• Poverty, lack of access to health care or income support and no option to work (if they were sponsored or hold a limited rights visa).
  • Religious communities’ beliefs about separation and divorce.

Given that women and children are the most affected by domestic violence, what may they also be fearful about?

Many women are concerned about risking future Australian residency or entitlements. This is especially common among women on temporary or spouse visas. They may worry about deportation and the risk of worse persecution back in her own country. In some communities, women have expressed concern about the use of interpreters from their community and confidentiality.

Can you tell us about other barriers to reporting family violence?

Typically, some of the barriers include guilt and shame over the sexual violence previously suffered. Language and limited availability of translators or interpreters can also be a significant challenge, especially in rare and emerging communities. Lastly, some women could be reluctant to confide in others. These can manifest itself through discrimination, language and education. For example, simple tasks as making a referral can be problematic due to lack of cultural safe practices where organisations would benefit immensely from working with grassroot organisations and respected community connector/ leaders. Often support services have stringent practices where they don’t allow community support workers to be present or speak on behalf of the victim survivor. This can be problematic as many women from CALD backgrounds lack of the language to explain what the situation is and how they would like to be supported.

What can organisations be doing better to reach out to and support family violence victims, as well as perpetrators, especially from multicultural communities?   

I think mainstream organisations can do a much better job in supporting diverse people experiencing domestic violence. Here are some tips:

  • Engage in co-design practices that promote cultural safety and diversity.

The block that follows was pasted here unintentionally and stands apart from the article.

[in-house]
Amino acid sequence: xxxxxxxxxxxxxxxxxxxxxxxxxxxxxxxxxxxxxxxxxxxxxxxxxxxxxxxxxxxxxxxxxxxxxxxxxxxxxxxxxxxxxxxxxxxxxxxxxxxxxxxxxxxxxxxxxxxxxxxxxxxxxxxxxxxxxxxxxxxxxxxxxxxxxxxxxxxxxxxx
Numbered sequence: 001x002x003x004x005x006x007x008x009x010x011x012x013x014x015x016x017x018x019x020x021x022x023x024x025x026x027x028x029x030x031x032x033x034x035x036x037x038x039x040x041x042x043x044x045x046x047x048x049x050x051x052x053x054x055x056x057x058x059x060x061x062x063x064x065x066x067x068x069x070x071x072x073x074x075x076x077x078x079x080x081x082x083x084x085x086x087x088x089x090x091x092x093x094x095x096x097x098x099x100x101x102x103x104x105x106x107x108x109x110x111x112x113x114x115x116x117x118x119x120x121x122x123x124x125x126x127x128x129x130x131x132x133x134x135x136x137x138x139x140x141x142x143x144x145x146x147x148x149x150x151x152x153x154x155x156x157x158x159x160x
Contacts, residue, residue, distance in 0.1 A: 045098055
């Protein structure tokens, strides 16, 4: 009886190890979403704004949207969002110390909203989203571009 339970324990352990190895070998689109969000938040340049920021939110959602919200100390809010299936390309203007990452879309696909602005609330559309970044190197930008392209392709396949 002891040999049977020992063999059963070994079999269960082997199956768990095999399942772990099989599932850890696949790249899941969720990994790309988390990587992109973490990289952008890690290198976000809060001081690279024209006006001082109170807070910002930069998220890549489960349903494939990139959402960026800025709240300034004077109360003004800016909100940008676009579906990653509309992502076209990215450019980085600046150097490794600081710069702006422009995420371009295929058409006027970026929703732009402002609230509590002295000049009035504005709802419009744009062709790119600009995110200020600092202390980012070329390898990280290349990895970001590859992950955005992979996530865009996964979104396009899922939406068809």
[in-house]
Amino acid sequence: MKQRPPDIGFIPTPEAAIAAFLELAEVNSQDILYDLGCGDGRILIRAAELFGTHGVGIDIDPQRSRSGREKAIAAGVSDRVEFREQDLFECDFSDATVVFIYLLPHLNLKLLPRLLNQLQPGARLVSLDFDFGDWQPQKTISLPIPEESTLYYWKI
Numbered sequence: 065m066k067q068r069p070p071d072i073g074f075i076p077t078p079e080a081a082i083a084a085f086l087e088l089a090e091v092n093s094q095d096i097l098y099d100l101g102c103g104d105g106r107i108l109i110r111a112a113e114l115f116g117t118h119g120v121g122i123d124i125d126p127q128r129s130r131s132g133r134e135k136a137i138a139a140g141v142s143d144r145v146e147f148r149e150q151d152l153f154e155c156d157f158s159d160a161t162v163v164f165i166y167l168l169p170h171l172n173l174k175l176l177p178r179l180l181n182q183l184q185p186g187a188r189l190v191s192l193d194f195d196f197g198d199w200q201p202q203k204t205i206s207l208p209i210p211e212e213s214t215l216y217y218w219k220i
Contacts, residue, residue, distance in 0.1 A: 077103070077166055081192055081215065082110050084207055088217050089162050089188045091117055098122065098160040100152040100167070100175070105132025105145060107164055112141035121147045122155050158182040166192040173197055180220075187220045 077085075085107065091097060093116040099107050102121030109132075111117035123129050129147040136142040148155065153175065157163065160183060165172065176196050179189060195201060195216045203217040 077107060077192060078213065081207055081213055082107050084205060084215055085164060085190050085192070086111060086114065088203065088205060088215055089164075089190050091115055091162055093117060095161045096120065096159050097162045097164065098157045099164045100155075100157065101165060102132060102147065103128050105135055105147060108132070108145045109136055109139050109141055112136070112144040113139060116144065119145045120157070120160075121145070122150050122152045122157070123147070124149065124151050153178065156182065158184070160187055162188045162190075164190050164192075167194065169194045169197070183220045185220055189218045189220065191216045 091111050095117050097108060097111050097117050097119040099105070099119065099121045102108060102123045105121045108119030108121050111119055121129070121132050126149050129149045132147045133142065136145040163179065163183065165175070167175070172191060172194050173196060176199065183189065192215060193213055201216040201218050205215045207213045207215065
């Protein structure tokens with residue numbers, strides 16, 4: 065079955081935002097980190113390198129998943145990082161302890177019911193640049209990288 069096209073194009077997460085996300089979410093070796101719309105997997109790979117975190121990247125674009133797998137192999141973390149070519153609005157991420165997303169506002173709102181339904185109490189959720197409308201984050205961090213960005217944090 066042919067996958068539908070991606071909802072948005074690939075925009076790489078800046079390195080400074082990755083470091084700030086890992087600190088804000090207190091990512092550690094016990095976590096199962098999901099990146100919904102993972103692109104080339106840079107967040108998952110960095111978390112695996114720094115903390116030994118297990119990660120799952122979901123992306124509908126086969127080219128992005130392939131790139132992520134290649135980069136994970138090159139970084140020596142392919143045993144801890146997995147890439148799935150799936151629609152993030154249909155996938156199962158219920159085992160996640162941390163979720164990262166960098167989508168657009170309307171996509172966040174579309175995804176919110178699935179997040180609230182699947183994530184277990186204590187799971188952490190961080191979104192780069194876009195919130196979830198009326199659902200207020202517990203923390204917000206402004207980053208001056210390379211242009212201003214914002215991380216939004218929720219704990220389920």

• Designs that seek to include the expertise of vulnerable communities, victim/survivors.
  • Invest in specific family violence training where front line staff have the confidence and necessary tools to adequately respond.
  • Make additional funding available for ongoing prevention programs that collaborate with grass root initiatives.
  • Ensure all initiatives are flexible in delivery, categorized as an essential service and be developed and led by respected community leaders.
  • Engage more with community connectors/ leaders to pass on languages particular on family violence messaging and information on impact of family violence, for example family violence awareness, explaining the role of police and legal services.
  • Go to where communities gather to disseminate information, don’t just rely on putting your information on online on your website.
  • Develop pathways for professional recognition of community leaders that can provide professional support which would be suitable for court, police interviews, obtaining legal advice etc.
  • Genuinely employ more CaLD social work FV, bi-cultural community connectors/workers and avail them to professional training in FV practices.
  • Employ bi-cultural support workers on an on-call basis to provide additional support to those experiencing FV.
  • Broker co-case management/support services from trusted ethnic community organisations who primarily rely on volunteers and pay for this service/support. FV services should have agreements with a range of CALD community organisations so they can broker these services when needed.

How can governments better utilise the language services industry to support people affected by family violence from multicultural backgrounds?  

Interpreters are crucial in domestic violence support; communities rely heavily on them to relay and understand information. Steps should be taken to ensure availability within all support services where it is not subjected to funding. Interpreters and translation services should be budgeted as part of core operating business. Consideration should also be given to subsidising professional interpreting courses, particular for languages from new and emerging communities. A very important aspect in supporting multicultural backgrounds. Lastly, drawing on the language and cultural expertise of ethnic community organisations who can assist through a (paid) brokerage co-case management or support service is a must for any mainstream organisation.

Watch our full interview about domestic violence with guest speakers Theresa Sengaaga Ssali and Cathy Oddie on Ticker Talks here.